James McNeill Whistler: The Original Printmaker
James McNeill Whistler was one of the first and most illustrious artists to show in our gallery’s history. The Fine Art Society was the scene of one of his greatest triumphs, the exhibition he called Arrangement in White and Yellow held in 1883. It was a revolutionary show conceived by the artist at a time when the One-Man Show was still a novelty. It is fitting then that his work be the focus of our very first online viewing room to be hosted on our new website.
As an artist, Whistler excelled in many mediums, but it was as an etcher and lithographer that he truly made his influence felt. His career as an original printmaker was extensive, his etchings alone number almost 500. His copper plate illustrations span a wide range of subjects and sitters, from his well-known topographical compositions of London, Venice and Amsterdam, to his intimate portraits of friends and lovers. Whistler had an eye for the familiar, but his real interests lay in the overlooked quotidian activities of street life, often working en plein air, sketching working people, merchants in their shops, and dockers along the water front.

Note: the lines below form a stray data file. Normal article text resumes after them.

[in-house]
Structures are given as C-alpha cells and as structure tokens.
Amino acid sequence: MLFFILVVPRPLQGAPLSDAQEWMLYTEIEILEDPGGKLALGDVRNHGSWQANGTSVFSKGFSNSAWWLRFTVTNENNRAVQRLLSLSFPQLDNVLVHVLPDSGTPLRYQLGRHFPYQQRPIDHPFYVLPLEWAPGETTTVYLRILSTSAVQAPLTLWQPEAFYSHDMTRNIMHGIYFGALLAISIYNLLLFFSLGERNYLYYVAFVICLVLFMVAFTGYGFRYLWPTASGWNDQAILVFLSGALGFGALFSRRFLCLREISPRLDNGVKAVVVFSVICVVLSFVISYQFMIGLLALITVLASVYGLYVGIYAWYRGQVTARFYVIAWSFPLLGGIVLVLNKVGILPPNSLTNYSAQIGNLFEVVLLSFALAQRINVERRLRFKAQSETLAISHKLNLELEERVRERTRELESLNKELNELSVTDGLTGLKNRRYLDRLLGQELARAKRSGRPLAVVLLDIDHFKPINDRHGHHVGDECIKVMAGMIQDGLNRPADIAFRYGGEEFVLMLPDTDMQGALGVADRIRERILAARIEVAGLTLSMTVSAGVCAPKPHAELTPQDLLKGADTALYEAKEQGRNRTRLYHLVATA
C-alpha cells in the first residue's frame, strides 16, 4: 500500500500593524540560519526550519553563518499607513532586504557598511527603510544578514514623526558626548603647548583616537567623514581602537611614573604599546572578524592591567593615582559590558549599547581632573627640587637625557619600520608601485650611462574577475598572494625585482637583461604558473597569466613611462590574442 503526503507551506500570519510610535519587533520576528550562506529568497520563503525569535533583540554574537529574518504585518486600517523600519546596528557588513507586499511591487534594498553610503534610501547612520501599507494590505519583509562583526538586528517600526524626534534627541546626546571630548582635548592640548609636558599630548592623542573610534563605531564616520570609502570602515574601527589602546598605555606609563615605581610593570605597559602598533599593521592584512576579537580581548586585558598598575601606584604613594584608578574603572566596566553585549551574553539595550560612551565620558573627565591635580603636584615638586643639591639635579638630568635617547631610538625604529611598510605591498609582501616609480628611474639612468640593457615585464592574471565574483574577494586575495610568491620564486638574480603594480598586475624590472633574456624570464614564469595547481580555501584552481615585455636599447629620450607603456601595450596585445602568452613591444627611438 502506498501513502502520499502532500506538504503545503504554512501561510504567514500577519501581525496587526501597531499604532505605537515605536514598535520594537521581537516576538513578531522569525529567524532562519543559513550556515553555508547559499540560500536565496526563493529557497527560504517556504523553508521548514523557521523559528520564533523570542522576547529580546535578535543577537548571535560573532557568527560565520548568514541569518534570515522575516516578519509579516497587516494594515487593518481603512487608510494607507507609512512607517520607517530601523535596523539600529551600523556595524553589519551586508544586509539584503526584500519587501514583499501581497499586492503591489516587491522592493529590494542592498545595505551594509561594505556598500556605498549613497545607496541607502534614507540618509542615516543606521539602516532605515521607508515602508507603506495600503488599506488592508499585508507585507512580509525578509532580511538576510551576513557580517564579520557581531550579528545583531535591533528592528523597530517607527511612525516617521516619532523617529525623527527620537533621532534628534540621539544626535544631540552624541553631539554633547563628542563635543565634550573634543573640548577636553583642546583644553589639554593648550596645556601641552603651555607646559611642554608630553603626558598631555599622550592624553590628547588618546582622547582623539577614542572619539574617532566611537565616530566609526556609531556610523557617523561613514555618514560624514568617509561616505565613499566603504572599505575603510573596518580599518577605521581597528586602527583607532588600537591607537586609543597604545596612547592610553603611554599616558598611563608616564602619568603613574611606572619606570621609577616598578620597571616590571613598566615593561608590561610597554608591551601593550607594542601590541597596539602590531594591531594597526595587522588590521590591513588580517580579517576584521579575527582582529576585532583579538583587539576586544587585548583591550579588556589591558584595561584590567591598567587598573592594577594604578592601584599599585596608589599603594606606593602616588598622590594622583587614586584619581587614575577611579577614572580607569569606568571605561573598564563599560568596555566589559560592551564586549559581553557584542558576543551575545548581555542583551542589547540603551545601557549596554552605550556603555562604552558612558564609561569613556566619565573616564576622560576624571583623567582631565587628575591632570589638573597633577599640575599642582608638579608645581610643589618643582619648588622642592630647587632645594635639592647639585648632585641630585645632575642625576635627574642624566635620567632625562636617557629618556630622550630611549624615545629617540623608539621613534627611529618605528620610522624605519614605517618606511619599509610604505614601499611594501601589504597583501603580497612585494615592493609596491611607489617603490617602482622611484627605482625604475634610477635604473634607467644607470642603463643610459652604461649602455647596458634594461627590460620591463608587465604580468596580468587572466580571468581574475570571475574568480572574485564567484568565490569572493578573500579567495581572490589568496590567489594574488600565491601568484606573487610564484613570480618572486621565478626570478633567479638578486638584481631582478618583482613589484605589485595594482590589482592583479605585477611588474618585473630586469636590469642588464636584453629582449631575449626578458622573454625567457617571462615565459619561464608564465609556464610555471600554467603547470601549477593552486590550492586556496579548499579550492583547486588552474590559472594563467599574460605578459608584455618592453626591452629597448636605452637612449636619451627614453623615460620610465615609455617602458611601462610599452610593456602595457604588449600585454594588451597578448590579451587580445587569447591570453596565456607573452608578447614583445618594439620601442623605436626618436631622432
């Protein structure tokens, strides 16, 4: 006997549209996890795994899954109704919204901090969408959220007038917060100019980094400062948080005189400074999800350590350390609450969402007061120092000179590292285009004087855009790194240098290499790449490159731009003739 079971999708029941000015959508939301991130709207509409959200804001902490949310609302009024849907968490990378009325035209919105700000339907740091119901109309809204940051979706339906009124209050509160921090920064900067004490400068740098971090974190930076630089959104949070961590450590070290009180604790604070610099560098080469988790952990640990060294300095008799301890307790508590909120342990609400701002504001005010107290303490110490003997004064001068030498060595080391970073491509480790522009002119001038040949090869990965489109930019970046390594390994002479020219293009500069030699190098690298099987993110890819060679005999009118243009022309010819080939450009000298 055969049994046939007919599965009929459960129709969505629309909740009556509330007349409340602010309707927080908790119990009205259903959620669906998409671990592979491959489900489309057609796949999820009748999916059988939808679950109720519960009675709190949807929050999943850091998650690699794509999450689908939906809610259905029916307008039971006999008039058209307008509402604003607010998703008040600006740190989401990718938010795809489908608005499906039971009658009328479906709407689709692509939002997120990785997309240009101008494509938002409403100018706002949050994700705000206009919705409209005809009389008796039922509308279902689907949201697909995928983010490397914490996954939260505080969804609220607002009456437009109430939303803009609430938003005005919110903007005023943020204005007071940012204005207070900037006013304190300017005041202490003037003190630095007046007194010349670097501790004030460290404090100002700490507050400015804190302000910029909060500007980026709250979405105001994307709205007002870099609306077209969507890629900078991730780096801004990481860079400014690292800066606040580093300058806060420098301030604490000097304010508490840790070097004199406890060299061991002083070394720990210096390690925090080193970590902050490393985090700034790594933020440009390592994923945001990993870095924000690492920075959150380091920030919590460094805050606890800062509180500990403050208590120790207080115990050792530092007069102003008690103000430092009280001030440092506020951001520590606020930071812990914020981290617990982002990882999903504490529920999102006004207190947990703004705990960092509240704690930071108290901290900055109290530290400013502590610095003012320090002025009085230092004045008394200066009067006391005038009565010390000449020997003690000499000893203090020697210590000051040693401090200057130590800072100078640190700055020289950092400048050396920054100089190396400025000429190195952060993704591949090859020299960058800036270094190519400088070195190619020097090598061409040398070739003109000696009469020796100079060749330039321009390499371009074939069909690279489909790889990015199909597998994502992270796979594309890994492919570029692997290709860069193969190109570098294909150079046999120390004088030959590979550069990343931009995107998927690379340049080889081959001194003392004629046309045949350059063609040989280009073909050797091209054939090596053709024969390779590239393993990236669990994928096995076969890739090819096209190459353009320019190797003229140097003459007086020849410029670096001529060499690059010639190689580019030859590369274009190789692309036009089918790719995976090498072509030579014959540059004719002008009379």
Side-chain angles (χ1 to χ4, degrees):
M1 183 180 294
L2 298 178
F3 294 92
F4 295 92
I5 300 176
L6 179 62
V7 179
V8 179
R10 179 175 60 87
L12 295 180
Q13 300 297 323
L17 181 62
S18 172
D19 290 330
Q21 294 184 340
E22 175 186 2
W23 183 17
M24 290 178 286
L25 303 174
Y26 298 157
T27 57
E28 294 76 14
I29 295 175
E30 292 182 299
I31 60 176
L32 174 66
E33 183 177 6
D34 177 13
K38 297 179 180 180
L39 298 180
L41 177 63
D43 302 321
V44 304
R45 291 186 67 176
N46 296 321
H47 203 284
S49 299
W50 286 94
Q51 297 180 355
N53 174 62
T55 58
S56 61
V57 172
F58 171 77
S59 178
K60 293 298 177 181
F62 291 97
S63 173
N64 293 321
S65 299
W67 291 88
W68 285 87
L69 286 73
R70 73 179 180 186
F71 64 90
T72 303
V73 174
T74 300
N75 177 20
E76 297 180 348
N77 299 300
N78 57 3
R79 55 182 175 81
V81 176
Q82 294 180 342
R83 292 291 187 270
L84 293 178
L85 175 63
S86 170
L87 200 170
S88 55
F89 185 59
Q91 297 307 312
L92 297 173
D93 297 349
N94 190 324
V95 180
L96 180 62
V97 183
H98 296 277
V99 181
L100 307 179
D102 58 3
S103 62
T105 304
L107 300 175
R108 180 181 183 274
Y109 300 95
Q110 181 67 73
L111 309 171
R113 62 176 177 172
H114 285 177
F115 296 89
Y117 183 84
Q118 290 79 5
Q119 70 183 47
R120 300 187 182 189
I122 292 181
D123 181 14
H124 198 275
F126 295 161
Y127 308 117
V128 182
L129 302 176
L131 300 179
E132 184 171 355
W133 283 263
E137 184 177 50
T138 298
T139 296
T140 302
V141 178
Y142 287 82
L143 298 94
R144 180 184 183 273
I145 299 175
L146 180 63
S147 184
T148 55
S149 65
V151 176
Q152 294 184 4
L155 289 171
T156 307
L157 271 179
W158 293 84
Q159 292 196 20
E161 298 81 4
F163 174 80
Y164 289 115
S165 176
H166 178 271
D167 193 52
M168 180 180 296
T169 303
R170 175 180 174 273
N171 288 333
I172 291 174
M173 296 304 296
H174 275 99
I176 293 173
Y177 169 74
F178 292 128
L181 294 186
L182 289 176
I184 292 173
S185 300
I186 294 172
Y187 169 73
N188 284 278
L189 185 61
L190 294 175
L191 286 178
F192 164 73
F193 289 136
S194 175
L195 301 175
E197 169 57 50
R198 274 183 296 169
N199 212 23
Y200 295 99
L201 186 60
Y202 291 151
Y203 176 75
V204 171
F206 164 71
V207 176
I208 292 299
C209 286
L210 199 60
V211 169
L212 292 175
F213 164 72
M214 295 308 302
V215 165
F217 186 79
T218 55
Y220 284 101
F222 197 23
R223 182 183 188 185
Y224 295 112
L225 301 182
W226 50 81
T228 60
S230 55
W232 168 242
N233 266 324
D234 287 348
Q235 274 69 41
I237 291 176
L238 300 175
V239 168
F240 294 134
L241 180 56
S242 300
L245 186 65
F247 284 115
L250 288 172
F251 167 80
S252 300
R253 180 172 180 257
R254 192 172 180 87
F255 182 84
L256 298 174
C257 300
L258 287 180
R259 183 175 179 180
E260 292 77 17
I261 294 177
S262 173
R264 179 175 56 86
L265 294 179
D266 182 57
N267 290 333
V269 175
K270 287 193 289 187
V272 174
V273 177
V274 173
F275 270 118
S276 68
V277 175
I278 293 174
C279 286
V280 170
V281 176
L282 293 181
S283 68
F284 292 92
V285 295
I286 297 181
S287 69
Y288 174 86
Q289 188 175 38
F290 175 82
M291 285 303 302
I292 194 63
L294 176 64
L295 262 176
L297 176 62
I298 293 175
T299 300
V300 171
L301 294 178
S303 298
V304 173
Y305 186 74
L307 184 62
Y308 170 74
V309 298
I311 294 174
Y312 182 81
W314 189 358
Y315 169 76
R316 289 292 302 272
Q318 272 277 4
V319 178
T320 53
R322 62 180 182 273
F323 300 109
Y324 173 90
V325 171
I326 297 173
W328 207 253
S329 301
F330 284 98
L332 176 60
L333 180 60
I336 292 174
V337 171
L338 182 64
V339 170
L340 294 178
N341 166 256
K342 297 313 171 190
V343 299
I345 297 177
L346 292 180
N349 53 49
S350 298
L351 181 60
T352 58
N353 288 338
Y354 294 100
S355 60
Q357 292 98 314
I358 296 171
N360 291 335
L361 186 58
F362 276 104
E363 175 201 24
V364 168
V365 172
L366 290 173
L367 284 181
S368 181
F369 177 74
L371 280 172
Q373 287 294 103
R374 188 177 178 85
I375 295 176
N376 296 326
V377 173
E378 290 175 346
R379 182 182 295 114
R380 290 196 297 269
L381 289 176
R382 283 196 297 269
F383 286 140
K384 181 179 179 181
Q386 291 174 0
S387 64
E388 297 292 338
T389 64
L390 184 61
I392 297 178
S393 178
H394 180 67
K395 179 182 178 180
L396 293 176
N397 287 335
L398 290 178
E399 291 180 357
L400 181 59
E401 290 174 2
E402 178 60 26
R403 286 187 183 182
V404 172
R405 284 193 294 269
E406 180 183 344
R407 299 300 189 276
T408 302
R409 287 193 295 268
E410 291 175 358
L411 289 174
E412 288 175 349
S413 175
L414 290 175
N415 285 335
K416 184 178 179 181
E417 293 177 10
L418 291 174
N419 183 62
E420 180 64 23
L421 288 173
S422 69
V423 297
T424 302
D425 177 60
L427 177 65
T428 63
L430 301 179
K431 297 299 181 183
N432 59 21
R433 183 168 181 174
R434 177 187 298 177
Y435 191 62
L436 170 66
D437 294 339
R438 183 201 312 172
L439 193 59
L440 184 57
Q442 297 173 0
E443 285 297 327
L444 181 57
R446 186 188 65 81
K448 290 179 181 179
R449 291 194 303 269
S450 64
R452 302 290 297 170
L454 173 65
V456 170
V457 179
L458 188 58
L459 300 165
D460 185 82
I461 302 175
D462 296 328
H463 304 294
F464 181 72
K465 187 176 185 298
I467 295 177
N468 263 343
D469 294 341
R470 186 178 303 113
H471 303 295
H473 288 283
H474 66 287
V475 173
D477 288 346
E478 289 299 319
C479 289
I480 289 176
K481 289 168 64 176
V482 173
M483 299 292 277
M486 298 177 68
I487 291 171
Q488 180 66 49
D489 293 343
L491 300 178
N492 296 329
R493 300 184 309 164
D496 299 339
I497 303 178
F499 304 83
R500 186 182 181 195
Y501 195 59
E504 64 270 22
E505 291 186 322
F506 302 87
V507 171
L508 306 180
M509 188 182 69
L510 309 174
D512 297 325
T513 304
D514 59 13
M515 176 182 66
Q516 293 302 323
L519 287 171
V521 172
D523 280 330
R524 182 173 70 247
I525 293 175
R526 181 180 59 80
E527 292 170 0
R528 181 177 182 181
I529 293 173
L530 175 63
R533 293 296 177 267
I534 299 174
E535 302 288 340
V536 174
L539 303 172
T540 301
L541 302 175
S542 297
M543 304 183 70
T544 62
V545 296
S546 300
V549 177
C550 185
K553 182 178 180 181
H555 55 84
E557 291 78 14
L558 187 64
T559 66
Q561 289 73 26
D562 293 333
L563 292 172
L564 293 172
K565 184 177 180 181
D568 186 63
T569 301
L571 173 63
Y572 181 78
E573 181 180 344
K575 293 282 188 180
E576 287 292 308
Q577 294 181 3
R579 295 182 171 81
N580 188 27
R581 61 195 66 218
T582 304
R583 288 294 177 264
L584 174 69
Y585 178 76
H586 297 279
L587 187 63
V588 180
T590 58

Our viewing room of Whistler prints highlights some of the major aspects of the artists oeuvre featuring a stunning impression of Venus, 1859 - a study of his mistress, Eloise (known as ‘Fumette’); a very rare impression of Penny Passengers, Limehouse, 1860; and two views of Venice, The Little Lagoon, 1879–80 and Riva, No.2, 1879–80, which were both first exhibited at the gallery in 1880 and 1886, respectively, and formed part of Whistler’s First and Second Venice Sets, which were commissioned by The Fine Art Society.